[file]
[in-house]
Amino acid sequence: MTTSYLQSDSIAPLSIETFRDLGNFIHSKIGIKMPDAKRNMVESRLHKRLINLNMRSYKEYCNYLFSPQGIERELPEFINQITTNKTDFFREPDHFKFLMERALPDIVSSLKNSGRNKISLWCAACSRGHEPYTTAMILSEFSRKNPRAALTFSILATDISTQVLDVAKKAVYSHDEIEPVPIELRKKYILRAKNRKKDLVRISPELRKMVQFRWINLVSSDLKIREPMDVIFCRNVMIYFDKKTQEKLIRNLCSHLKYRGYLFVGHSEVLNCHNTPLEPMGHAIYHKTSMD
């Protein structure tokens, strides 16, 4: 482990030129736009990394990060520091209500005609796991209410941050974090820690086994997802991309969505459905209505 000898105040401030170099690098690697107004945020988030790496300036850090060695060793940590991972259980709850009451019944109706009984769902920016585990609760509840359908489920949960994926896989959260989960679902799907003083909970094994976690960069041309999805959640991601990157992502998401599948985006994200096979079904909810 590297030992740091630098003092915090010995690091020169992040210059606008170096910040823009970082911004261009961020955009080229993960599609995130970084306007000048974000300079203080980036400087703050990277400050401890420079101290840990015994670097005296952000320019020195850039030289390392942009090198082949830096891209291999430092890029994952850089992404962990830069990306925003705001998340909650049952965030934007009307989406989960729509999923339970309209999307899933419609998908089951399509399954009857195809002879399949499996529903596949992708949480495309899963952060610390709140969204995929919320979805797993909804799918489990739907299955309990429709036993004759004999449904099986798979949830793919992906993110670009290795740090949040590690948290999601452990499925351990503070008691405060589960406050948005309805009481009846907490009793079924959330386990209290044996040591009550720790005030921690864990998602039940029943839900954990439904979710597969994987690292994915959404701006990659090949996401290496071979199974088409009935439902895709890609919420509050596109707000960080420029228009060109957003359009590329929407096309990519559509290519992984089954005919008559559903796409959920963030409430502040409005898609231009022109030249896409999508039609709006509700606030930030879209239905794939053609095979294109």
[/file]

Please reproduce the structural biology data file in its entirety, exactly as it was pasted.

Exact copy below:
[in-house]
Amino acid sequence: MTTSYLQSDSIAPLSIETFRDLGNFIHSKIGIKMPDAKRNMVESRLHKRLINLNMRSYKEYCNYLFSPQGIERELPEFINQITTNKTDFFREPDHFKFLMERALPDIVSSLKNSGRNKISLWCAACSRGHEPYTTAMILSEFSRKNPRAALTFSILATDISTQVLDVAKKAVYSHDEIEPVPIELRKKYILRAKNRKKDLVRISPELRKMVQFRWINLVSSDLKIREPMDVIFCRNVMIYFDKKTQEKLIRNLCSHLKYRGYLFVGHSEVLNCHNTPLEPMGHAIYHKTSMD
């Protein structure tokens, strides 16, 4: 482990030129736009990394990060520091209500005609796991209410941050974090820690086994997802991309969505459905209505 000898105040401030170099690098690697107004945020988030790496300036850090060695060793940590991972259980709850009451019944109706009984769902920016585990609760509840359908489920949960994926896989959260989960679902799907003083909970094994976690960069041309999805959640991601990157992502998401599948985006994200096979079904909810 590297030992740091630098003092915090010995690091020169992040210059606008170096910040823009970082911004261009961020955009080229993960599609995130970084306007000048974000300079203080980036400087703050990277400050401890420079101290840990015994670097005296952000320019020195850039030289390392942009090198082949830096891209291999430092890029994952850089992404962990830069990306925003705001998340909650049952965030934007009307989406989960729509999923339970309209999307899933419609998908089951399509399954009857195809002879399949499996529903596949992708949480495309899963952060610390709140969204995929919320979805797993909804799918489990739907299955309990429709036993004759004999449904099986798979949830793919992906993110670009290795740090949040590690948290999601452990499925351990503070008691405060589960406050948005309805009481009846907490009793079924959330386990209290044996040591009550720790005030921690864990998602039940029943839900954990439904979710597969994987690292994915959404701006990659090949996401290496071979199974088409009935439902895709890609919420509050596109707000960080420029228009060109957003359009590329929407096309990519559509290519992984089954005919008559559903796409959920963030409430502040409005898609231009022109030249896409999508039609709006509700606030930030879209239905794939053609095979294109």